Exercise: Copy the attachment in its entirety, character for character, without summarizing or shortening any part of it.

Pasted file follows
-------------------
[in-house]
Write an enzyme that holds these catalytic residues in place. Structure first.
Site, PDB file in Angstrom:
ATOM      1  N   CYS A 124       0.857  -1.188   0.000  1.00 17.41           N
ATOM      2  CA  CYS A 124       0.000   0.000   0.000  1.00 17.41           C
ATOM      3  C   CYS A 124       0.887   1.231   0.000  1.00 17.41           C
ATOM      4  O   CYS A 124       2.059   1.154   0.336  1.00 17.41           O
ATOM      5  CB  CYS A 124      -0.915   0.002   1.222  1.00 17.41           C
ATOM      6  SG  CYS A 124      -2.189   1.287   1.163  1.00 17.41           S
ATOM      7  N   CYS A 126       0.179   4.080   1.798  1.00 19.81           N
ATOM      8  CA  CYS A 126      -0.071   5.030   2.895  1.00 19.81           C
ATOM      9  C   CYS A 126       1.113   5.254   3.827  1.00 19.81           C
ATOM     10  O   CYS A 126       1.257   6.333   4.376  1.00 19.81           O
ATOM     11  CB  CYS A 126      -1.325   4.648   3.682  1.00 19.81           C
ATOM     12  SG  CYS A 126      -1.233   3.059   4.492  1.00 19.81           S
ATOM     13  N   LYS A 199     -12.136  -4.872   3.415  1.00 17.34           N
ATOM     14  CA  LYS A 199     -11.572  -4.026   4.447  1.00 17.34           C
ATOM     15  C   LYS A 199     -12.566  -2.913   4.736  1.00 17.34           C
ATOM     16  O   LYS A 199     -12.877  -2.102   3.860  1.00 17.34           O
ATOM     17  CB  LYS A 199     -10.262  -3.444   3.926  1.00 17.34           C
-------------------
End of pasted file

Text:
[in-house]
Write an enzyme that holds these catalytic residues in place. Structure first.
Site, PDB file in Angstrom:
ATOM      1  N   CYS A 124       0.857  -1.188   0.000  1.00 17.41           N
ATOM      2  CA  CYS A 124       0.000   0.000   0.000  1.00 17.41           C
ATOM      3  C   CYS A 124       0.887   1.231   0.000  1.00 17.41           C
ATOM      4  O   CYS A 124       2.059   1.154   0.336  1.00 17.41           O
ATOM      5  CB  CYS A 124      -0.915   0.002   1.222  1.00 17.41           C
ATOM      6  SG  CYS A 124      -2.189   1.287   1.163  1.00 17.41           S
ATOM      7  N   CYS A 126       0.179   4.080   1.798  1.00 19.81           N
ATOM      8  CA  CYS A 126      -0.071   5.030   2.895  1.00 19.81           C
ATOM      9  C   CYS A 126       1.113   5.254   3.827  1.00 19.81           C
ATOM     10  O   CYS A 126       1.257   6.333   4.376  1.00 19.81           O
ATOM     11  CB  CYS A 126      -1.325   4.648   3.682  1.00 19.81           C
ATOM     12  SG  CYS A 126      -1.233   3.059   4.492  1.00 19.81           S
ATOM     13  N   LYS A 199     -12.136  -4.872   3.415  1.00 17.34           N
ATOM     14  CA  LYS A 199     -11.572  -4.026   4.447  1.00 17.34           C
ATOM     15  C   LYS A 199     -12.566  -2.913   4.736  1.00 17.34           C
ATOM     16  O   LYS A 199     -12.877  -2.102   3.860  1.00 17.34           O
ATOM     17  CB  LYS A 199     -10.262  -3.444   3.926  1.00 17.34           C